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Journal de Rivesaltes 1941-42

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Jacqueline Veuve CH 1997 77'

From August to October 1942, over 2250 Jews were deported from the internment camp of Rivesaltes to Auschwitz by way of Drancy. Among them were 110 children. Friedel Bohny-Reiter, a nurse with the Swiss Aid to Children, worked in this camp in the South of France. Like many others in the formerly unoccupied zone, it was run by the French. Once a military camp, it had been converted in 1941 into a transit camp regrouping Jewish, Gipsy and Spanish people living in the area or who had fled to the free zone as refugees. Thanks to the young nurse from Basel, many children were probably saved from certain death. The film, that came out in France in the fall of 1997, follows the nurse on a visit to that still intact site as well as through the pages of the journal she wrote in those dark days, published by Editions Zoë, Geneva in 1993.

( ... ) If there is a good story to tell, film is the ideal medium for it, and Swiss filmmaker Jacqueline Veuve is an expert. Her films are ethnographic jewels, and JOURNAL DE RIVESALTES 1941-42 particularly so. It is based on a discovery made during a holiday. In the Pyrennes near Perpignan, Veuve came across the ruins of the internment camp Rivesaltes. ( ... )
We see former nurse Friedel Bohny-Reiter in the festival hall of Locarno, down-to-earth, a very old witness to the events, a woman without a trace of vanity who asks herself how to reconcile an unbearable paradox: having saved people from certain death and yet, to a certain degree, to have been an accomplice.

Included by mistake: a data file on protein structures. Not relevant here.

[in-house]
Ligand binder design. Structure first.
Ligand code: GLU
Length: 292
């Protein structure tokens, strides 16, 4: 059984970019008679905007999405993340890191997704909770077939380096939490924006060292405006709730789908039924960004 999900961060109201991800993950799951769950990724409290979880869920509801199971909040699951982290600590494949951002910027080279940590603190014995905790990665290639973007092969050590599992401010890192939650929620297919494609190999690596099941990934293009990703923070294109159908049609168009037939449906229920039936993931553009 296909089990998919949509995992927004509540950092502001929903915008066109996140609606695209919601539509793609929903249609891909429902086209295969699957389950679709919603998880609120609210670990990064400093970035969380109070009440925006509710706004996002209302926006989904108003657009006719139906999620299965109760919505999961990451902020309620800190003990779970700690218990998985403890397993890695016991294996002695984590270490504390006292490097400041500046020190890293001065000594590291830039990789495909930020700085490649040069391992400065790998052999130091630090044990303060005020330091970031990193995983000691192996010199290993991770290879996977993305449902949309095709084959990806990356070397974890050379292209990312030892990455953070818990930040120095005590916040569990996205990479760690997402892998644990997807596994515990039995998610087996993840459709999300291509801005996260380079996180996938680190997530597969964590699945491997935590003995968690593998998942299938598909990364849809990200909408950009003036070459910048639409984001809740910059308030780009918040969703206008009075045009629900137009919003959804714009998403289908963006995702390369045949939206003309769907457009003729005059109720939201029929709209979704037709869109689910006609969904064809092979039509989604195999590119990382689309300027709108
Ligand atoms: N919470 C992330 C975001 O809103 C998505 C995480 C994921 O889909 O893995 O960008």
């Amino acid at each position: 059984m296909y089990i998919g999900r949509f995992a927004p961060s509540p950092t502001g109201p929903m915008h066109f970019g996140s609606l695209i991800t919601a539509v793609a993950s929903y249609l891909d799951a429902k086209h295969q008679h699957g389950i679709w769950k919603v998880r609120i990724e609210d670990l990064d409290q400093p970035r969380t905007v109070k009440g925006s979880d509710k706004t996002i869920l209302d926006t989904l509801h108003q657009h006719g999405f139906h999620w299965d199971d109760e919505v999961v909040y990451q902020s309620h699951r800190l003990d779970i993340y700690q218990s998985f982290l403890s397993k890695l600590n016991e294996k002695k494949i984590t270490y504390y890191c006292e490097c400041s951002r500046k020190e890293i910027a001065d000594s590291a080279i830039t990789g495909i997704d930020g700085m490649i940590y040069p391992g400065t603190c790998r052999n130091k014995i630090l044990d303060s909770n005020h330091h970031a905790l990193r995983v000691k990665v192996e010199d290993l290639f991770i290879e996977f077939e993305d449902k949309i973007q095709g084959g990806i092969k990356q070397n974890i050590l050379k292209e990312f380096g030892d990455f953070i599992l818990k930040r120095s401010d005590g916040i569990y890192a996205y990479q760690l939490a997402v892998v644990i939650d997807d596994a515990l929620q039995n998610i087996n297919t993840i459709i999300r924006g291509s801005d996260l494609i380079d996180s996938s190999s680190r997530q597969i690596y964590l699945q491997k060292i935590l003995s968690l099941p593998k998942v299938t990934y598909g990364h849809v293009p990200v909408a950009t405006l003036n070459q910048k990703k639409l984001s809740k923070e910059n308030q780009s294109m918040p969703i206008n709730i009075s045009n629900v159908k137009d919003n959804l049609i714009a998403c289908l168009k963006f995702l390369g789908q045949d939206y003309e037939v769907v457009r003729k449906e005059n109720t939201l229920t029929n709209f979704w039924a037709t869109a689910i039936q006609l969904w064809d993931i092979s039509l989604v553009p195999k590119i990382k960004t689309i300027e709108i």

How was it possible to bear it? By keeping the faith, she says. At the time and afterwards. What an answer. So many people lost their faith afterwards. Jacqueline Veuve made a film free of all pretensions, unnecessary drama and without selling out. Texts, drawings and gouaches from the diary, numerous photos (a.o. by Paul Senn from the 'Schweizer Illustrierte') as well as statements by survivors reflect Friedel Bohny-Reiter's memories of the time.
Martin Walder, Neue Zürcher Zeitung

The diary, Journal de Rivesaltes, provides the basis for JacquelineVeuve's narrative. The filmmaker embellishes it with beautiful butharrowing photos by Paul Seen, Friedel's gouache paintings (herlast refuge from despair), the words of a few survivors, miraculouslypreserved thanks to lengthy negotiations on her part.We also see her in the lonely place she used to frequent, andwhere today only wind-beaten ruins remain. And finally, the filmmakerhas added fictional scenes in black and white, certainelyunnecessary, which tie the different elements together.Yet this story is a strong one because of its harsh simplicity.The guilt of the French authorities is crushing, humiliating. Andthe little nurse struggles on from day to day, without any claim toheroism, in her fight against horror and guilt. “We have becomeaccomplices to this trade in human beings”, she bitterly accuses.Many of these questions still concern humanitarian aid today.But not so long ago, Friedel acted anonymously, supported bynothing more than her faith.
Visions du Réel 1998